Skip to comments.Labor supporters call for Walker’s recall on anniversary of anti-union bill
Posted on 03/12/2012 12:26:10 AM PDT by afraidfortherepublic
...One year after the Republican-controlled Legislature curtailed collective bargaining for most public-sector workers, thousands of pro-labor demonstrators converged Saturday on the Capitol in a "Reclaim Wisconsin March."
They sang songs, listened to speeches and chanted, "This is what democracy looks like," an echo of the demonstrations that clogged the Capitol during the height of last year's protests ...
Saturday's crowd wasn't as large as the throngs that showed up a year ago, but on a bright, sunny, springlike afternoon, enthusiasm was high during an event that amounted to a kickoff for an expected season of recall elections.
"It's more of a celebration," said Peg Durkin, an art teacher from Ithaca who held up a sign that said "Wake Up the Base," on one side, and "Hey Walker, Does the Recall Occupy Your Thoughts?" on the other.
The speakers talked about union rights and potential recall elections, as labor and its Democratic allies seek to oust Walker, Lt. Gov. Rebecca Kleefisch and four GOP state senators.
Several speakers took verbal aim at Walker as well as David and Charles Koch, industrialists who back conservative causes.
"We're back," said Phil Neuenfeldt, Wisconsin AFL-CIO president.
"Look at what a difference a year makes," said Mary Kay Henry, president of the Service Employees International Union. "Governor Walker and the Koch Brothers started something last year, but they're not going to like how it ends. When it ends there is going to be a pro middle-class governor and lieutenant governor."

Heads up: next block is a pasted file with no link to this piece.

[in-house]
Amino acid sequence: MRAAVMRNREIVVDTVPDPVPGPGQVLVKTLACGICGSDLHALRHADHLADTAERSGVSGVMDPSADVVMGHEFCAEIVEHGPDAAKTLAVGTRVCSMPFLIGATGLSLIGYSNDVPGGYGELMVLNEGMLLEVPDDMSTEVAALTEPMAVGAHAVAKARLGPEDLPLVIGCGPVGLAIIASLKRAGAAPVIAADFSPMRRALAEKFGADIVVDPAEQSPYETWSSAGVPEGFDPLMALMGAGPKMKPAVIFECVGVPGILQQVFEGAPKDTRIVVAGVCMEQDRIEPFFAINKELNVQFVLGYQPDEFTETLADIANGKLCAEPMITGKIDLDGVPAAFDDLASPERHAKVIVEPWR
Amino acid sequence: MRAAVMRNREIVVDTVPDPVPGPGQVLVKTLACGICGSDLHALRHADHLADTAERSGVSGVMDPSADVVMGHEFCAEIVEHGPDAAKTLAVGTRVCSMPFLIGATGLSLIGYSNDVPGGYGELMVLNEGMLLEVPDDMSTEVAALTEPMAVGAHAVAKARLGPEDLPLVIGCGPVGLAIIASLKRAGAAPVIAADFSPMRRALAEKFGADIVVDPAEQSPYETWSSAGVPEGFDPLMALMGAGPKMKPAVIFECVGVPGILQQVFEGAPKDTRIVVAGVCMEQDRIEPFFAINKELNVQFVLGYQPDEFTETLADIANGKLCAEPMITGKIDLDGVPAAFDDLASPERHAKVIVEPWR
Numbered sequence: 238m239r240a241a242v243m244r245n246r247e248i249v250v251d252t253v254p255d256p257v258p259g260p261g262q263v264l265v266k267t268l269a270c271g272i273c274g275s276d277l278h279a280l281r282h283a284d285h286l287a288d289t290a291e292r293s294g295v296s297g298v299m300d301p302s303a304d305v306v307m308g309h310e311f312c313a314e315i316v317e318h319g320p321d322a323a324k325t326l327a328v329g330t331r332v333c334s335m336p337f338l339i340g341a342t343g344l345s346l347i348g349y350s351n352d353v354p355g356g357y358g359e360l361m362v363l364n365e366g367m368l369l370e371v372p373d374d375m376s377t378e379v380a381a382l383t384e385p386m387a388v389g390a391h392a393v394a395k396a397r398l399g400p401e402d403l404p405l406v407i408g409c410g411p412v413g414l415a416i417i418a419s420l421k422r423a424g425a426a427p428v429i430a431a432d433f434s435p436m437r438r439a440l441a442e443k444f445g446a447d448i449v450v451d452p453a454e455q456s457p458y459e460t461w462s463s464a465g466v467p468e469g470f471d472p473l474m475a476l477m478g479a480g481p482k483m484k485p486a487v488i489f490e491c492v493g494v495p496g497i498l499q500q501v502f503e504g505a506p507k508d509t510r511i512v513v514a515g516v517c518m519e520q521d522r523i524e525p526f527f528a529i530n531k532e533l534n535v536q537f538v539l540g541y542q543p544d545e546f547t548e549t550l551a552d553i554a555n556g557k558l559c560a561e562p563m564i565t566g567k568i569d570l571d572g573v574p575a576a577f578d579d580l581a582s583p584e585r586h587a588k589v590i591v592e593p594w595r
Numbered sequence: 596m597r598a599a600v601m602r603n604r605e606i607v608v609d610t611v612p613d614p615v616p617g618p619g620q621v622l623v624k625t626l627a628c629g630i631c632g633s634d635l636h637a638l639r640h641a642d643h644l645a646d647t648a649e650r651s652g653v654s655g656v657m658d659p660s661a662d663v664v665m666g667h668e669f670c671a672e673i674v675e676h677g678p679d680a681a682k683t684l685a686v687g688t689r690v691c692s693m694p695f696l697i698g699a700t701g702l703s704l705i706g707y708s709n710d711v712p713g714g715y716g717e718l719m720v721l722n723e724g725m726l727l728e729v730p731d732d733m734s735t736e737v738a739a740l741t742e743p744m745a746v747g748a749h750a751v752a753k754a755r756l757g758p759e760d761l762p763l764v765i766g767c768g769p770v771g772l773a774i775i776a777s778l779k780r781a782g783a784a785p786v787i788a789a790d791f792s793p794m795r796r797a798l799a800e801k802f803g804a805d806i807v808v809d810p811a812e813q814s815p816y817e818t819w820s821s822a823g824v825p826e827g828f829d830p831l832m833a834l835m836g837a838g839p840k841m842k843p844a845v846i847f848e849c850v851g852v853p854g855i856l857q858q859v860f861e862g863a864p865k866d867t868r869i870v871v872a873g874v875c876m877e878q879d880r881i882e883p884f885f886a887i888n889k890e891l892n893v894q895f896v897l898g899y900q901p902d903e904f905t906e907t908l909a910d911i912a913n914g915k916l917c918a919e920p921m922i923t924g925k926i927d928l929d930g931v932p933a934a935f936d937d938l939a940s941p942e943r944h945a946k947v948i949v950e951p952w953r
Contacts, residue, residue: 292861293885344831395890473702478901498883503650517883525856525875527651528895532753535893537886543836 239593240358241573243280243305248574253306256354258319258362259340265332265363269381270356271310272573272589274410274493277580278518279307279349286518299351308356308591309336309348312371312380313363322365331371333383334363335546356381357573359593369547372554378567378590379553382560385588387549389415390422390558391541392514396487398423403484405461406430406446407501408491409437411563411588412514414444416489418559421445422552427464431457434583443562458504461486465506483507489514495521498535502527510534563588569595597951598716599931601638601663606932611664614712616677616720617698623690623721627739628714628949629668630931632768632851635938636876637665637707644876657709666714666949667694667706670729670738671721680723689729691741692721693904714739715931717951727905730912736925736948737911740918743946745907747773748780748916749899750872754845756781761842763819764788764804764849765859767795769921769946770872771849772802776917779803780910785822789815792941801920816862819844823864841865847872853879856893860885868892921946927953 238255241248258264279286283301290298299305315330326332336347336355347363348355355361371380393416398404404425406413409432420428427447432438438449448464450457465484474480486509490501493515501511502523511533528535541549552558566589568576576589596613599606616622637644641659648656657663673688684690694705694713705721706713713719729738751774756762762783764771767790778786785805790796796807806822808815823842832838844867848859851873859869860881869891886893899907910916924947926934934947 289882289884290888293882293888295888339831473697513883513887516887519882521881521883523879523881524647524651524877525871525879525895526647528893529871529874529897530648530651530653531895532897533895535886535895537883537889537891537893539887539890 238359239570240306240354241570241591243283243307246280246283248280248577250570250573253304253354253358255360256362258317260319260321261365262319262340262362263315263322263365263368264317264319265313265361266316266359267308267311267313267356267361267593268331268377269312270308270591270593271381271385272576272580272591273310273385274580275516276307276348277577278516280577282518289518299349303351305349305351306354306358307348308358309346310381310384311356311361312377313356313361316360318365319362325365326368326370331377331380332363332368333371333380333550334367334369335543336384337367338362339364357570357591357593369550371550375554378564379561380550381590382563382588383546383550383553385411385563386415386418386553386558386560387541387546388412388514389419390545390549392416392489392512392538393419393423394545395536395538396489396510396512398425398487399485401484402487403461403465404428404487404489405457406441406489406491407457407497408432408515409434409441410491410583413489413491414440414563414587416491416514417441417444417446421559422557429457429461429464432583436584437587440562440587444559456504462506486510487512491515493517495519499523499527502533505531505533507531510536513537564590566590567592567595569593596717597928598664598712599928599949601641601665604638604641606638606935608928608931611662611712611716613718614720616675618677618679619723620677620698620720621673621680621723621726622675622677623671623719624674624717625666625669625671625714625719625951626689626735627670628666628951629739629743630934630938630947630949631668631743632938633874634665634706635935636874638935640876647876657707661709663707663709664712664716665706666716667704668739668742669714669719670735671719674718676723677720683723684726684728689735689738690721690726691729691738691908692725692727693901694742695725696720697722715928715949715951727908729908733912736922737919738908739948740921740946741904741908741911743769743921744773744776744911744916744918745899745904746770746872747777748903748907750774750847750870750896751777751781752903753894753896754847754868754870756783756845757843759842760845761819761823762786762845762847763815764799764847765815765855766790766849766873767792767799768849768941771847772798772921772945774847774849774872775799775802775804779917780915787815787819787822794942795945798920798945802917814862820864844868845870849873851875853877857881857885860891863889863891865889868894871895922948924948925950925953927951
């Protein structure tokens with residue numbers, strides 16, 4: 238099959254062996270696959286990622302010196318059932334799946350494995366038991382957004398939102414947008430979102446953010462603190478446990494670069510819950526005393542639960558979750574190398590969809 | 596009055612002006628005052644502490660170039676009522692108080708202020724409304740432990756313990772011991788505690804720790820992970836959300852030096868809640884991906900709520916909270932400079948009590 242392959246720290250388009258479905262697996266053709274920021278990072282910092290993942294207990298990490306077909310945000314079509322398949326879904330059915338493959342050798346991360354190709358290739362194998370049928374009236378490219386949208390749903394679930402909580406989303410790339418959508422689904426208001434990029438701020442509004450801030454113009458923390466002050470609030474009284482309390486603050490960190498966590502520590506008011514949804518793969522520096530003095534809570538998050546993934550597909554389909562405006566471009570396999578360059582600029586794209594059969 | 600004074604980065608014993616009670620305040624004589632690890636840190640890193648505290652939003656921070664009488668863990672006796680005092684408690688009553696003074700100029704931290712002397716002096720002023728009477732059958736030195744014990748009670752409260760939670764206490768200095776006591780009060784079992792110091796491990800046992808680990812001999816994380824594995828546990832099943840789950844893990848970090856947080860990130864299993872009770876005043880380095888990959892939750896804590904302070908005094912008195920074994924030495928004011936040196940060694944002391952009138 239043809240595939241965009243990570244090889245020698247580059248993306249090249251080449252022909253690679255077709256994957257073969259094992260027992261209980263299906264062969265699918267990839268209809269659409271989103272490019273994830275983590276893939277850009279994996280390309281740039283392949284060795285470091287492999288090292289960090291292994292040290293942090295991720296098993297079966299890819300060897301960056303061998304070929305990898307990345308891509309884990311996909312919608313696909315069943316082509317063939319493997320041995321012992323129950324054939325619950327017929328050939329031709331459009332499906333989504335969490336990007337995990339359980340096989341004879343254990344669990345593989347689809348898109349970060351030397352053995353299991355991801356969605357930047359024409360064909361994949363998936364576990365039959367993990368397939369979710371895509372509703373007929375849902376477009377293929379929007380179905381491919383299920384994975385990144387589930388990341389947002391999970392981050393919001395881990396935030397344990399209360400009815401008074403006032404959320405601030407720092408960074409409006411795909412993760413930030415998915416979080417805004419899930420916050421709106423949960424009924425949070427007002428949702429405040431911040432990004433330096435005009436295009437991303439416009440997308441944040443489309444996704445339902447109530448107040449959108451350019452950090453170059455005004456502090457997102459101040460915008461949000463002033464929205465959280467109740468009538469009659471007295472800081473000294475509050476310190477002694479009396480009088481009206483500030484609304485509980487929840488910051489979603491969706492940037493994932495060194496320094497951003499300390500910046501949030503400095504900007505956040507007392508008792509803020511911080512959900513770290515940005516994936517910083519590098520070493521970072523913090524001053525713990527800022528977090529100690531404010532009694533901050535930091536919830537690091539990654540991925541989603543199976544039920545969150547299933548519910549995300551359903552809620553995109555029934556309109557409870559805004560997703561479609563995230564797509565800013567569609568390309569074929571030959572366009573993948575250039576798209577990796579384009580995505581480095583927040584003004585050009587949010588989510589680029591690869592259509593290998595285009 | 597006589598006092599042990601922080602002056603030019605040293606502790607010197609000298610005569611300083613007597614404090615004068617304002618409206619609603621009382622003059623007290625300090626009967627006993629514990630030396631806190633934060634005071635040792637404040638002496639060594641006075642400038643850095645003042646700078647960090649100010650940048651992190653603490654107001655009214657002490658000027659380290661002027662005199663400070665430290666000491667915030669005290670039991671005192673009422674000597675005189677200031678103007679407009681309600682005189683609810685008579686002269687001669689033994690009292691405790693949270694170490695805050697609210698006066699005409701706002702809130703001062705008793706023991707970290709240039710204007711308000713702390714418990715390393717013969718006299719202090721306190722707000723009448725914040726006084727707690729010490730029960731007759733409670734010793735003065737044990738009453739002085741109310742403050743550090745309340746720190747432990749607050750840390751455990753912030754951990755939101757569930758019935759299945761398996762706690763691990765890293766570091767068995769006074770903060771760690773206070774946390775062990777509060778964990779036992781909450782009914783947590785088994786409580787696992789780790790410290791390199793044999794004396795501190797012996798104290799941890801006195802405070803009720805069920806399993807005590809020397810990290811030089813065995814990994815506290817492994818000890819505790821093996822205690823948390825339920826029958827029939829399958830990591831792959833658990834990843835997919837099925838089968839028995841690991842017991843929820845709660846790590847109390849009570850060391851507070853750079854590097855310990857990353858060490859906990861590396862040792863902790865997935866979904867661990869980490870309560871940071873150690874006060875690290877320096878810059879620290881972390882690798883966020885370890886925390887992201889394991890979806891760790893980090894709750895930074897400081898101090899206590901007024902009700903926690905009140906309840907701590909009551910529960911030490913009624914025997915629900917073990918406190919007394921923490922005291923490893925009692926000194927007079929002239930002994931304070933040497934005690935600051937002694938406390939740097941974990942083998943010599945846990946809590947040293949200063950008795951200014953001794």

Mahlon Mitchell, president of the Professional Fire Fighters of Wisconsin and a potential candidate for lieutenant governor, criticized what he claimed was a domination of the political process by corporate interests.
"This no longer feels like the United States of America. It feels like we're living in the United Corporations of America," he said.
(Excerpt) Read more at jsonline.com ...
I’m in Chicago, a guy the next block over has a “Recall Walker” sign in his yard.
I don`t doubt it.. No one will convince me the Chi-thugs don`t have some skin in that game.
Of all of the stupid legacies of the Progressive Movement of the early 20th Century, recall elections are the worst. Why should there be a revote at the convenience of those whose candidate lost the election?
The problem with two-year terms is that legislators are constantly in election mode, and, unless they are in a safe district, rarely vote their principles or get to concentrate on legislating. Four-year, staggered terms are fine by me, although I do believe that it is a violation of the one-man, one-vote principle not to elect someone to a four-year term right before redistricting (because voters who were moved into such district would go 6 years without electing a representative), so elections that year should be for two-year terms.
The CA GOP had to recall 2 RINO phonies in order to finally wrest the Speakership, by which time Willie had left to become SF Mayor and the GOP had less than a year of power before the Dems formally reclaimed the Speakership before 1996 was over.
I understand 2-year terms would mean a constant campaign mode, but that would nullify these absurd recalls. The only real justification for recall is malfeasance in office or outright deception of the voters (I would say deception in the case of the 2 apostates in CA who misrepresented themselves as Republicans). In the case of WI, there is neither, but a “I’m mad because you’re doing what I don’t want” on the part of the left.
If you have some paint, sneak over there at night and replace Walker with Quinn.
How about we keep terms at 4 years *and* get rid of recalls? Screw the Progressives.
That reminds me of our crappy new recall law.
It applies ONLY to Governor and requires the assent of a certain number of state legislators from both parties. Ensuring it will never be used.
Walker to Unions, “Bring it on, bitch!”
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